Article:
Memory problems in breast cancer survivors appear associated with the high stress load these patients experience rather than their treatment, and moderate-to-vigorous physical activity may help subjective memory in these patients.1

Subjective memory is a person’s perception of his or her memory. Physical activity alleviates stress and provides psychological benefits, such as increased self-confidence, lower distress, and less fatigue, which can improve a person’s perception of memory impairment.

For the study, investigators reviewed data on memory and exercise from 2 groups: self-reports from 1477 women from across the country and accelerometers worm by 362 women.

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The investigators found higher levels of self-confidence, lower distress, and less fatigue in breast cancer survivors who had higher levels of moderate and vigorous physical activity — such as brisk walking, biking, jobbing, or an exercise class. These effects were associated with lower levels of perceived memory impairment, and the findings were consistent in both groups.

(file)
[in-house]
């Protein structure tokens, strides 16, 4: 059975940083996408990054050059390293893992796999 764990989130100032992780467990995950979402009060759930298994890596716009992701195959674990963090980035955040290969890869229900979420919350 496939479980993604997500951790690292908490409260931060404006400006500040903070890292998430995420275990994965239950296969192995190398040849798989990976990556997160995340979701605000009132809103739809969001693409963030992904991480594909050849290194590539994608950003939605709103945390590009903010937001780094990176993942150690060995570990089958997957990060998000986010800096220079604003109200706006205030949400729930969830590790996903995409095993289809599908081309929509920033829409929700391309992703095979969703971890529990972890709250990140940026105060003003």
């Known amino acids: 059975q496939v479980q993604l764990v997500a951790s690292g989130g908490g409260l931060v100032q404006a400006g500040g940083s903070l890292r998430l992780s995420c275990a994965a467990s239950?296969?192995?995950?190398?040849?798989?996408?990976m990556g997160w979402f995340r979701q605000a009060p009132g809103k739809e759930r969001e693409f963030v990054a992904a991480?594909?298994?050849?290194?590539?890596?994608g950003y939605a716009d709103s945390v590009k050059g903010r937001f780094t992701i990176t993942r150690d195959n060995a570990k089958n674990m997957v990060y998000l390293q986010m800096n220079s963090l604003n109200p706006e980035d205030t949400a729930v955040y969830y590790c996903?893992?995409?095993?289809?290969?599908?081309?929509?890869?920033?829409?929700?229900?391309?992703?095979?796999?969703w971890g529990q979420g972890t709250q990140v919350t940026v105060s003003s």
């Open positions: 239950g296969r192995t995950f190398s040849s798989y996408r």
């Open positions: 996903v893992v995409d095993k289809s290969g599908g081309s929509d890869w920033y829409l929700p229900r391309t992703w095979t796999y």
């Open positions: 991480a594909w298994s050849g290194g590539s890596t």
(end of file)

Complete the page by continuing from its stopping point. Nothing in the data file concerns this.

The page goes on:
“We found moderate to vigorous physical activity actually benefits women psychologically and that, in turn, helps their memory,” reported Siobhan Phillips, assistant professor of preventive medicine at Northwestern University Feinberg School of Medicine, and lead author of the study.

The study was supported by grant F31AG034025 from the National Institute on Aging and grant K07CA196840 from the National Cancer Institute, of the National Institutes of Health.


1. Phillips SM, Lloyd GR, Awick EA, McAuley E. Relationship between self-reported and objectively measured physical activity and subjective memory impairment in breast cancer survivors: role of self-efficacy, fatigue and distress. Psychooncology. 2016 Jul 8. doi: 10.1002/pon.4156.